The Hancock-Henderson Quill, Inc.

The 1917 Graphic

Compiled and Edited by Virginia Ross
Registrar for Daniel McMillan Chapter, N.S.D.A.R.1917

Stronghurst Graphic, March 22, 1917 

DEATH VISITS TWO HOMES WITHIN AN HOUR: The community was sadden Thursday morning when the word was passed around that the death angel had visited the village during the night and called home two of its well known citizens. The shock to the community was all the more severe from the fact that comparatively few knew that either were seriously ill.

Mr. George Cooper passed away at his home about 12:30 a.m. following a week's illness from pneumonia and the summons came to Mr. James Coats, better known to everyone as "Dad" Coats" at 11:30 p.m. or just one hour earlier.

Mr. Coats had been making his home recently with his daughter, Mrs. Roy Houtchens in this village.Funeral services for Mr. Coats will be held at the home of Mrs. Rettie Houtchins in Stronghurst Friday morning with the remains taken to the Carman Cemetery. The funeral for Mr. Cooper will be held in the Stronghurst M.E.Church on Saturday.

LUMBER YARD ABLAZE: The clanging of the village fire bell at 7 o'clock Friday morning brought a large share of the village population out in the streets and hurrying toward the Stronghurst Lumber Company's yards from which a fire alarm had been sent. Those who were first on the scene found the roof of the small building used by the company for an office burning briskly about the chimney.

The blaze was extinguished, however, by the application of a few buckets of water. The firemen were on hand with engine and hose prepared to put up a stiff battle with the flames if necessary, but their services were not needed. The fire originated from a red hot stove pipe setting fire to the wall board lining the office through which it passed and from which point it quickly communicated with the outside inclosure and roof of the building.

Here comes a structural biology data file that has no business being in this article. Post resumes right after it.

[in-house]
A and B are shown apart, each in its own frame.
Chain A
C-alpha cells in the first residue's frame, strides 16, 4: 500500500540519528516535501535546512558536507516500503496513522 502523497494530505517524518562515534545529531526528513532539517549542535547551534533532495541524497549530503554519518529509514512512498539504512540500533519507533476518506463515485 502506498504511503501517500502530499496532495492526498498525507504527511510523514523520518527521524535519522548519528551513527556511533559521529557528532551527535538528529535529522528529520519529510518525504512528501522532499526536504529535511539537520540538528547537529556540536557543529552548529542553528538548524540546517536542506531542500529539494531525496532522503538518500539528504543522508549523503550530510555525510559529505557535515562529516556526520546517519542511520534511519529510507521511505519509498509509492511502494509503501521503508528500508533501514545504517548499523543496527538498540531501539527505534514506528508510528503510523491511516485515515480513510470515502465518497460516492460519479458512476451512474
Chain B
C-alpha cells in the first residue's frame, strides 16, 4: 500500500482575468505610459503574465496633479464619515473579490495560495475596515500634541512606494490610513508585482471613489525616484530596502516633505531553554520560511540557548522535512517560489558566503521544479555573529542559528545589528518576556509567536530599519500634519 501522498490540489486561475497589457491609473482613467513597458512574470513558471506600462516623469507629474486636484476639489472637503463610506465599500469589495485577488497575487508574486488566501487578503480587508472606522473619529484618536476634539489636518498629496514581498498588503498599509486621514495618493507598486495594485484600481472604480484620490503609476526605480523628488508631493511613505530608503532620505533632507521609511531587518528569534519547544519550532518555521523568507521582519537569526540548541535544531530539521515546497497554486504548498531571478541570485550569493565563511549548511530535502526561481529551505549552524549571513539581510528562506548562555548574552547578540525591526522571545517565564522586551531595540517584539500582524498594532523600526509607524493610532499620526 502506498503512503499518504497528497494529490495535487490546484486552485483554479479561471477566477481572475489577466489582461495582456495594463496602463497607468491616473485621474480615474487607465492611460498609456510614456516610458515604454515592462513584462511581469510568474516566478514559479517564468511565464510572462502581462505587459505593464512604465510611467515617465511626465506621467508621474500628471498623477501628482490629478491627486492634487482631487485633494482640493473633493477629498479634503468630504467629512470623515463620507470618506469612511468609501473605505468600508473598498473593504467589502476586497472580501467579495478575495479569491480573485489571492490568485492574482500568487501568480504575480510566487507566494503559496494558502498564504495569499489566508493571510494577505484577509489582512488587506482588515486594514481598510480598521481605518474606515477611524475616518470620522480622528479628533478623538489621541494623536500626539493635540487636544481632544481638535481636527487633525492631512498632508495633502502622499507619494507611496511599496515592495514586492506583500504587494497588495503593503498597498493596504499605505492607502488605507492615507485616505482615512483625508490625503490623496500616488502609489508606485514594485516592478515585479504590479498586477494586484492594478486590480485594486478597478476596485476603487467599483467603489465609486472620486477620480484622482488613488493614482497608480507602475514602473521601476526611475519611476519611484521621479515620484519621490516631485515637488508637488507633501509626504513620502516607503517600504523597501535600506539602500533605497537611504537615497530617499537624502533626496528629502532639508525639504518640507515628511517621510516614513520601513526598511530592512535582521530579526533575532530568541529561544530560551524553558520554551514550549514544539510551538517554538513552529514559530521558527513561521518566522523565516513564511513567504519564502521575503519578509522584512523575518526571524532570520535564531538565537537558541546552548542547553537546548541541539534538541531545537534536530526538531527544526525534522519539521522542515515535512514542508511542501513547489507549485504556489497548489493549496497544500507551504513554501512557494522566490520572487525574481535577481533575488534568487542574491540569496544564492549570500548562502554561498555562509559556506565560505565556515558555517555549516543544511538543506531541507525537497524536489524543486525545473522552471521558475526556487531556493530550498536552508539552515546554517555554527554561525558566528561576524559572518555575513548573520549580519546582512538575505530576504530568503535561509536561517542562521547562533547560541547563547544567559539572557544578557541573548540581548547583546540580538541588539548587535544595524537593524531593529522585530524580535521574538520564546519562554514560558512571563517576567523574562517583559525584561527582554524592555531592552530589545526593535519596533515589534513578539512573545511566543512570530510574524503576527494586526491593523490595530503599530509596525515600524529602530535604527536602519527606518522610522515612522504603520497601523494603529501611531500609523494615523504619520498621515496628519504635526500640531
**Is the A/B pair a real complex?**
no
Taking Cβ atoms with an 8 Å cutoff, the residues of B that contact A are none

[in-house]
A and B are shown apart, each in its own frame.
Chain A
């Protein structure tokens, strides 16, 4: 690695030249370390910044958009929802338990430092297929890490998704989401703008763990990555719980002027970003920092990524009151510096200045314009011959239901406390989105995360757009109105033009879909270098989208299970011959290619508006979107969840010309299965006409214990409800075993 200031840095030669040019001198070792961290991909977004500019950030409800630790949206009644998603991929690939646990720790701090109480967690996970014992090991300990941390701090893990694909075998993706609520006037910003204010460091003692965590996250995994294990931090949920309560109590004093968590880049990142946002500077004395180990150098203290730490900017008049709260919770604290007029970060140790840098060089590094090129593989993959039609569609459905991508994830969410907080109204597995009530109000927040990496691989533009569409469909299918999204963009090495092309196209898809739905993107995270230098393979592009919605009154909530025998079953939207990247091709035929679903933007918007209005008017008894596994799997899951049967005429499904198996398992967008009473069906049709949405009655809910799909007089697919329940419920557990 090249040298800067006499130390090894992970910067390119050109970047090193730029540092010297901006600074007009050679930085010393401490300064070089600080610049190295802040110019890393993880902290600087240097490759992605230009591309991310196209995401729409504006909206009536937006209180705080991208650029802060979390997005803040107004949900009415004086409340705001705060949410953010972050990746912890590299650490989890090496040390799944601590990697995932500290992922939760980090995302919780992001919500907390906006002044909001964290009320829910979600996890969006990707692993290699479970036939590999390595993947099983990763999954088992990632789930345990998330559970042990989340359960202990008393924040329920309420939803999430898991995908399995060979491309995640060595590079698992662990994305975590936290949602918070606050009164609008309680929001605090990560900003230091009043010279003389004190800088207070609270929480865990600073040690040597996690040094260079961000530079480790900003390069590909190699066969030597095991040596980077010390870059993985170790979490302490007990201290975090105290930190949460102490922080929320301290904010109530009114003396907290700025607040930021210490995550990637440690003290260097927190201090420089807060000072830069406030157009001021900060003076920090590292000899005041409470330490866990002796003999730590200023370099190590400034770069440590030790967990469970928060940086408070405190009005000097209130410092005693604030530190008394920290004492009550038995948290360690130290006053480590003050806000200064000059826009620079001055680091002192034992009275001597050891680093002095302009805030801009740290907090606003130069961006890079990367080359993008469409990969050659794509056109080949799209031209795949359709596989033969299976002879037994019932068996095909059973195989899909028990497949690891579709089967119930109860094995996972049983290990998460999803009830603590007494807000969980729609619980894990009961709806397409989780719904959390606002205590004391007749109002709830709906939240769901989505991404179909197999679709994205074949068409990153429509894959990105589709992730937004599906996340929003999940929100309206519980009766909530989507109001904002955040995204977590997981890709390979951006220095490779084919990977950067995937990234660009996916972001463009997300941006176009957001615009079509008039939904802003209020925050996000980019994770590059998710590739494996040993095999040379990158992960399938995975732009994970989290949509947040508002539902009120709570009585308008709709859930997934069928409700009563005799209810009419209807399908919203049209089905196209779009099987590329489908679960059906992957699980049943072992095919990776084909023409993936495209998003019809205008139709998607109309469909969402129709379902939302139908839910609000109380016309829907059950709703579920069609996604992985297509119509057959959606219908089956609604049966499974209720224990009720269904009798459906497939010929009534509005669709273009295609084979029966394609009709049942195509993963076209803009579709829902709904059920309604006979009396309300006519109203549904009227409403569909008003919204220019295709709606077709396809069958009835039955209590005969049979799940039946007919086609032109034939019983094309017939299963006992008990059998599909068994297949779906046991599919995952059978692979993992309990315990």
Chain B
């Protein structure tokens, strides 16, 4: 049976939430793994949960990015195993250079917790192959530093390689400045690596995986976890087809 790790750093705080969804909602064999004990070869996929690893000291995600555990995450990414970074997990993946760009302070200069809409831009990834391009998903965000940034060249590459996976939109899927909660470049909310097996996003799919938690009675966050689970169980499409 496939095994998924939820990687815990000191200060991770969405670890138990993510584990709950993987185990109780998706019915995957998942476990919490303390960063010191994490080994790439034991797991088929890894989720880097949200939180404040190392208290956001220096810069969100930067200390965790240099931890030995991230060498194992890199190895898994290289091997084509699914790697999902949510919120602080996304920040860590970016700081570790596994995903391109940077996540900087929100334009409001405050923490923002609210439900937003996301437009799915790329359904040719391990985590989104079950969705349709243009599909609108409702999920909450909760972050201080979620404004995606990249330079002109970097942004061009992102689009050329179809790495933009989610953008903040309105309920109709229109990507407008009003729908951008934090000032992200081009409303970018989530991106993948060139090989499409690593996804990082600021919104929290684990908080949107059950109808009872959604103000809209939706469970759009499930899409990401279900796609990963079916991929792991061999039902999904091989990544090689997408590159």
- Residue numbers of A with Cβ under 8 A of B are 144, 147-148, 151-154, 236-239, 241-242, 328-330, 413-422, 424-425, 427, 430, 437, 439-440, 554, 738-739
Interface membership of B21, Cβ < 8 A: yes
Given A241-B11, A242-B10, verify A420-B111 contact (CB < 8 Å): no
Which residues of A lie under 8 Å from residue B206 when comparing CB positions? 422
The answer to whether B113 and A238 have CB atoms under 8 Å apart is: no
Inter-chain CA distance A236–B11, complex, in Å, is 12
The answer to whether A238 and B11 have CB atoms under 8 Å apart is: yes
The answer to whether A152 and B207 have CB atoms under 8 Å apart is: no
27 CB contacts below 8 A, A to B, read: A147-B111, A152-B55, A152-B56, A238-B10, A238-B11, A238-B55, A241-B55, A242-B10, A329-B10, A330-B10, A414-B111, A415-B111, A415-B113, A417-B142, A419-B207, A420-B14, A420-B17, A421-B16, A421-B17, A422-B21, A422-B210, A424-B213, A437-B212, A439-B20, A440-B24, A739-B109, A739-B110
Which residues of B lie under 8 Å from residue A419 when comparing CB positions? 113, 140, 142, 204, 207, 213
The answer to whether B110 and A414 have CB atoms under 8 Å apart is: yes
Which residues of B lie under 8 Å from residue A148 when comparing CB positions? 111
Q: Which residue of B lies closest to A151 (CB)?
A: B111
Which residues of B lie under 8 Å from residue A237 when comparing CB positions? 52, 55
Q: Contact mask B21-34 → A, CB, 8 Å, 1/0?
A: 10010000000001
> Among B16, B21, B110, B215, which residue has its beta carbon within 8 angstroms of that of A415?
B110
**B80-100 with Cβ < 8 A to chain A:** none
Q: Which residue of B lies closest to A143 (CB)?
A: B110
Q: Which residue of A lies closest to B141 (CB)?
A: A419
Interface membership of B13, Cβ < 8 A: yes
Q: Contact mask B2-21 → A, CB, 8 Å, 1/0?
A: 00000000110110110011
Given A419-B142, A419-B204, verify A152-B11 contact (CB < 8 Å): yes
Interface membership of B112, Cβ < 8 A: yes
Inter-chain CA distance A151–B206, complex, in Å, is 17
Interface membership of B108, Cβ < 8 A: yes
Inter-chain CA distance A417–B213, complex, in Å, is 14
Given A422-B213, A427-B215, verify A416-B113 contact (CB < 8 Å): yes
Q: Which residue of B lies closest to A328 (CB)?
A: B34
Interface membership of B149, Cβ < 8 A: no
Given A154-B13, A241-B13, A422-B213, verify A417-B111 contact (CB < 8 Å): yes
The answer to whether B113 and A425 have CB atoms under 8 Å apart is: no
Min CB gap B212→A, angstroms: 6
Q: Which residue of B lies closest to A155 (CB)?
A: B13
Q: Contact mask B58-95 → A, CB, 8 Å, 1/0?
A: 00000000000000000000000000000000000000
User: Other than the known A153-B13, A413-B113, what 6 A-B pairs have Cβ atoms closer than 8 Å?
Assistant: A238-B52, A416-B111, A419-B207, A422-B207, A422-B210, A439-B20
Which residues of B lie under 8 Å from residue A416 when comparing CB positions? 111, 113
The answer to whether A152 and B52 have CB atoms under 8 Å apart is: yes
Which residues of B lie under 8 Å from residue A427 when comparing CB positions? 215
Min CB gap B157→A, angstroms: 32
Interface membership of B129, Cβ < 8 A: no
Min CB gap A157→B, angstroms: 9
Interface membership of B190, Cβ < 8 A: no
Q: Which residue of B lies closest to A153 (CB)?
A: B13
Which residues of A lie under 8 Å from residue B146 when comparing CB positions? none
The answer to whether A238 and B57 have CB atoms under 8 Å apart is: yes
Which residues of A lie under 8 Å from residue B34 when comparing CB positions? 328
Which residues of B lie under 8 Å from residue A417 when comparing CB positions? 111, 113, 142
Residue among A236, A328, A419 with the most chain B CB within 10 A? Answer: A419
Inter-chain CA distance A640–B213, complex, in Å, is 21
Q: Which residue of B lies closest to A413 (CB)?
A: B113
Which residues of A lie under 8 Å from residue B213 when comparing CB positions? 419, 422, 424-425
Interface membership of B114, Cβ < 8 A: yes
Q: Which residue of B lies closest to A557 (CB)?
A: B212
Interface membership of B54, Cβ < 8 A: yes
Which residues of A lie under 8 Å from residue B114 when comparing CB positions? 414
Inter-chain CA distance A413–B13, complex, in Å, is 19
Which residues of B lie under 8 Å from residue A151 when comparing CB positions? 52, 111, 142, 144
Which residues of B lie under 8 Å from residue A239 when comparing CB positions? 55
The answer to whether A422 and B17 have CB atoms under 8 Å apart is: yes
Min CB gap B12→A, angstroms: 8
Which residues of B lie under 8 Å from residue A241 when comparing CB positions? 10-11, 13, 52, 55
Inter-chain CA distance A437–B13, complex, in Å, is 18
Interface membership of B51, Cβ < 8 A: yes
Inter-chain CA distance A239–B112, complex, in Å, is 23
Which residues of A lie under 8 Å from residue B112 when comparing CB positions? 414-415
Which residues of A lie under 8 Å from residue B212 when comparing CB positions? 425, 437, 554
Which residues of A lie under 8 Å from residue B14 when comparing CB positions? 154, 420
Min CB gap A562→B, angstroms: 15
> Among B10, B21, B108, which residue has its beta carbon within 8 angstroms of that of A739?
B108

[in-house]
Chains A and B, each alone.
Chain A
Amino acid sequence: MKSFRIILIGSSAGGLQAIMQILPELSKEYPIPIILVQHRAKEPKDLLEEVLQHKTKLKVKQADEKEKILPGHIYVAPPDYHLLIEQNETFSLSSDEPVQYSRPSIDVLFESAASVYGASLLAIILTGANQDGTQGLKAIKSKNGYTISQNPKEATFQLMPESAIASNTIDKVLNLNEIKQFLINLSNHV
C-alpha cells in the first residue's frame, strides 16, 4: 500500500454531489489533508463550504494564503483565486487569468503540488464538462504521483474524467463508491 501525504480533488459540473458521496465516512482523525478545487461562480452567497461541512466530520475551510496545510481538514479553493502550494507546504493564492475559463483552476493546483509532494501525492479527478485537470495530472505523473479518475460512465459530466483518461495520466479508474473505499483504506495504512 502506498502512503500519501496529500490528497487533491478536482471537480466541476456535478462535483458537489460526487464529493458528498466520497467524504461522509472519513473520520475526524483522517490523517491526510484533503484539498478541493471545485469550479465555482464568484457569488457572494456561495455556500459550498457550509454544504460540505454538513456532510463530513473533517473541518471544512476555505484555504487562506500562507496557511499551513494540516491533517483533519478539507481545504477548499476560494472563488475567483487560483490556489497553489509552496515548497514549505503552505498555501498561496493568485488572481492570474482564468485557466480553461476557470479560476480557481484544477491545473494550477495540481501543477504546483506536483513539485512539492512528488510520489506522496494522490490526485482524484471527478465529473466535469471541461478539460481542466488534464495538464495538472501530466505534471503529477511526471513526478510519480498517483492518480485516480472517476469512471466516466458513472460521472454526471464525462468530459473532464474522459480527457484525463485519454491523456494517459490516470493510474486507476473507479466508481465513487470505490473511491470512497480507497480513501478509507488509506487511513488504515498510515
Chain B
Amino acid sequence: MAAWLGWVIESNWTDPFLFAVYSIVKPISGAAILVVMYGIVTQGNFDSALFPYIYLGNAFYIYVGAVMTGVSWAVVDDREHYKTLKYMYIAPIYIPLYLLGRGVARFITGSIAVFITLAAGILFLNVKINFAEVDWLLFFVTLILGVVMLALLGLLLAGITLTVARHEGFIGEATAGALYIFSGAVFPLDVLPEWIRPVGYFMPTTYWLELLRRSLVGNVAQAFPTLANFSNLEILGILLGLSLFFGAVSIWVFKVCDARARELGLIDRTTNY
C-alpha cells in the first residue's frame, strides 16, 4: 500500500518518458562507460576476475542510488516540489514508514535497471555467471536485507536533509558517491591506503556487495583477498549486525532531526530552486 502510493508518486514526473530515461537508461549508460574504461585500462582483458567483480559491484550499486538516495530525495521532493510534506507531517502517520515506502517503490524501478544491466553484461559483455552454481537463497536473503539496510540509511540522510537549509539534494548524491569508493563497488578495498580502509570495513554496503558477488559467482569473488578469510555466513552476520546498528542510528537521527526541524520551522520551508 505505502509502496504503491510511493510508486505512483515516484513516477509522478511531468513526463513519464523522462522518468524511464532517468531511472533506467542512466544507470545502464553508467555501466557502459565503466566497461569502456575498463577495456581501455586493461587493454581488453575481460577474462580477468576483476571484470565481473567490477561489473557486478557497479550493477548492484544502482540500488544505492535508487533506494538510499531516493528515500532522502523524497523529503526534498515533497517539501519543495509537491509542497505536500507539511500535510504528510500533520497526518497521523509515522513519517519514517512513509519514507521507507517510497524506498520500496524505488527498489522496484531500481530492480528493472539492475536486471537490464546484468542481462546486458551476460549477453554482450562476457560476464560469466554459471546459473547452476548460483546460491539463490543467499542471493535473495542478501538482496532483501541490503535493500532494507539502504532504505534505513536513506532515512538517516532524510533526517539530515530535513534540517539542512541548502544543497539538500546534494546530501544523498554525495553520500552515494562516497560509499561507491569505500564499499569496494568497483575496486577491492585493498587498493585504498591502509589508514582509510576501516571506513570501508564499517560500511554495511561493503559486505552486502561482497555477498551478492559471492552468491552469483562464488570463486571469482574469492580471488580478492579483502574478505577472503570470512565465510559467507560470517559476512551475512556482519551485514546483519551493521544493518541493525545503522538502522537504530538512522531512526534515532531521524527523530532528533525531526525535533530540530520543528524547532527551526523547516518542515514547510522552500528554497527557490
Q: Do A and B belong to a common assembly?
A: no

1892 GRAPHIC: Prof. McClanahan of Monmouth was in town making a survey of the James Thompson addition to Stronghurst consisting of 20 acres lying on the east side of the village. Wm Woodside of Old Bedford purchased four lots in the village. Joseph Covert of Topeka, Kans. was visiting in the Bowen neighborhood south of town.

New residences were being constructed for Ed West, Lafe Simpson, Geo. Evans, Jas. Atkinson, S.D.Parsons and A.H.Silsbee. Joshua Rankin had just returned from trip to Virginia where he went to investigate the farming possibilities; he came back convinced that it was more profitable to raise corn and hogs in Illinois than to raise peanuts in Virginia. J.H.Warner and family arrived from Leland, Ill. to establish a new grocery.

***OBITUARY***JAMES M. REYNOLDS: Mr. Reynolds, who was a resident of Stronghurst some twenty or more years ago and whose home has been at LaHarpe for many years died at the home of his daughter Mrs. R.A.Alton there at the age of 71 years. He was the son of Louis and Polly Reynolds and was born in Monroe County, Mo. In 1845. He married March 10, 1868 Mary Liza Dickinson and to this union seven children were born, four of those together with the wife and mother survive: Mrs. R.A.Alton and Mrs. Henry Ketcham of LaHarpe, Mrs. R.A.Schussler of Peoria, and Mrs. C.N. Smith of Chicago.

The deceased was one of a family of four brothers and four sisters, he being the second one of this family to answer the summons of death. Those remaining are Henry and Jeff Reynolds, Mrs. Hutchings and Mrs. Melvin, all of this vicinity, Mrs. Kincaid of Stottsville, Mo. And Mrs. Grimes of St.Louis.Funeral services were held at the Alton home in LaHarpe with the brothers and sisters from this place attending.

MULES IN DEMAND: Since February 16th Mr. Andrew Davis has disposed of 77 head of Missouri mules for which he received a total of $13,067 or $169.70 per head. Nearly all of these mules have been sold to farmers living in a territory extending from Crawfordsville and Oakland, Iowa on the west to Abingdon and Monmouth, Ill. on the east.

BUYS PRIZE STALLION: Mr. M.G.Lovitt, one of the industrious and ambitious young farmers of Stronghurst has imported from the Lefebure Belgian Horse Breeding Establishment of Iowa one of their prize colts, Britton No. 9198. This horse is a strawberry roan, 30 months old and weighs 1800 lbs. He is very richly bred and of good weight for his age and also possesses quality such as is rarely found in a colt so young.Mr. Lefebure notes that they have 150 head of pure bred Belgian horses upon their farms and believes the future of the horse business brighter right now than that of any other bred of livestock.